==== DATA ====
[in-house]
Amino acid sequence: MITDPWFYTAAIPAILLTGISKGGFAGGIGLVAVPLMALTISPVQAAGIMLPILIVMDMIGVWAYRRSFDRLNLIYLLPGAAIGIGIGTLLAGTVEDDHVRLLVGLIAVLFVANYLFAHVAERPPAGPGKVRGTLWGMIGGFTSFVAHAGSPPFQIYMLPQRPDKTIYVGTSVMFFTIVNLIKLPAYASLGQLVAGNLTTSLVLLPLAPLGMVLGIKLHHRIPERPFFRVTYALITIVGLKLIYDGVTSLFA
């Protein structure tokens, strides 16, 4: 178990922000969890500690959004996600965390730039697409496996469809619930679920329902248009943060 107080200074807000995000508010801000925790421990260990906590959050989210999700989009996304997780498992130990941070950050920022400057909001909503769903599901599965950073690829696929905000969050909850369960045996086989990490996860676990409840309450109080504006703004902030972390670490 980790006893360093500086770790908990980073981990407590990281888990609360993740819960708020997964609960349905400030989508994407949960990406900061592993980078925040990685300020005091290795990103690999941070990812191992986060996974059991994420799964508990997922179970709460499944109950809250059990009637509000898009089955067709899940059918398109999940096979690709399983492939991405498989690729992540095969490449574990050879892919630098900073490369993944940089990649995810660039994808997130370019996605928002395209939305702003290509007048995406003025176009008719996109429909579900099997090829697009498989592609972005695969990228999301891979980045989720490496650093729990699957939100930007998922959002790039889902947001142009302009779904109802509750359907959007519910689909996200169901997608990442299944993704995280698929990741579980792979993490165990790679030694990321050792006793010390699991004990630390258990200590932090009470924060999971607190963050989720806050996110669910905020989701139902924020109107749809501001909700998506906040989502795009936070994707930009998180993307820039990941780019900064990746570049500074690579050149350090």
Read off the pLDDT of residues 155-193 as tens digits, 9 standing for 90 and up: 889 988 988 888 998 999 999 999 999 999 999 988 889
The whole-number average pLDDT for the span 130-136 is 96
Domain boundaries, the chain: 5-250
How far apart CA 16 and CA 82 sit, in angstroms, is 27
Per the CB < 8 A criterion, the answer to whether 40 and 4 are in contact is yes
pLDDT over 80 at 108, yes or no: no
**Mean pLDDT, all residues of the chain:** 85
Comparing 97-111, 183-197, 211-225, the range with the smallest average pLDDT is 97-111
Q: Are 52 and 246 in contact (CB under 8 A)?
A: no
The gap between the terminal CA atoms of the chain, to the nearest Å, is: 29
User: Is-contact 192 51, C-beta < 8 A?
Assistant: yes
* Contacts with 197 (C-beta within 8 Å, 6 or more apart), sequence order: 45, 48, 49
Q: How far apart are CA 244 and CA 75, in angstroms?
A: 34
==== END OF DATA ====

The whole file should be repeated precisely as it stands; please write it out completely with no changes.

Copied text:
[in-house]
Amino acid sequence: MITDPWFYTAAIPAILLTGISKGGFAGGIGLVAVPLMALTISPVQAAGIMLPILIVMDMIGVWAYRRSFDRLNLIYLLPGAAIGIGIGTLLAGTVEDDHVRLLVGLIAVLFVANYLFAHVAERPPAGPGKVRGTLWGMIGGFTSFVAHAGSPPFQIYMLPQRPDKTIYVGTSVMFFTIVNLIKLPAYASLGQLVAGNLTTSLVLLPLAPLGMVLGIKLHHRIPERPFFRVTYALITIVGLKLIYDGVTSLFA
């Protein structure tokens, strides 16, 4: 178990922000969890500690959004996600965390730039697409496996469809619930679920329902248009943060 107080200074807000995000508010801000925790421990260990906590959050989210999700989009996304997780498992130990941070950050920022400057909001909503769903599901599965950073690829696929905000969050909850369960045996086989990490996860676990409840309450109080504006703004902030972390670490 980790006893360093500086770790908990980073981990407590990281888990609360993740819960708020997964609960349905400030989508994407949960990406900061592993980078925040990685300020005091290795990103690999941070990812191992986060996974059991994420799964508990997922179970709460499944109950809250059990009637509000898009089955067709899940059918398109999940096979690709399983492939991405498989690729992540095969490449574990050879892919630098900073490369993944940089990649995810660039994808997130370019996605928002395209939305702003290509007048995406003025176009008719996109429909579900099997090829697009498989592609972005695969990228999301891979980045989720490496650093729990699957939100930007998922959002790039889902947001142009302009779904109802509750359907959007519910689909996200169901997608990442299944993704995280698929990741579980792979993490165990790679030694990321050792006793010390699991004990630390258990200590932090009470924060999971607190963050989720806050996110669910905020989701139902924020109107749809501001909700998506906040989502795009936070994707930009998180993307820039990941780019900064990746570049500074690579050149350090």
Read off the pLDDT of residues 155-193 as tens digits, 9 standing for 90 and up: 889 988 988 888 998 999 999 999 999 999 999 988 889
The whole-number average pLDDT for the span 130-136 is 96
Domain boundaries, the chain: 5-250
How far apart CA 16 and CA 82 sit, in angstroms, is 27
Per the CB < 8 A criterion, the answer to whether 40 and 4 are in contact is yes
pLDDT over 80 at 108, yes or no: no
**Mean pLDDT, all residues of the chain:** 85
Comparing 97-111, 183-197, 211-225, the range with the smallest average pLDDT is 97-111
Q: Are 52 and 246 in contact (CB under 8 A)?
A: no
The gap between the terminal CA atoms of the chain, to the nearest Å, is: 29
User: Is-contact 192 51, C-beta < 8 A?
Assistant: yes
* Contacts with 197 (C-beta within 8 Å, 6 or more apart), sequence order: 45, 48, 49
Q: How far apart are CA 244 and CA 75, in angstroms?
A: 34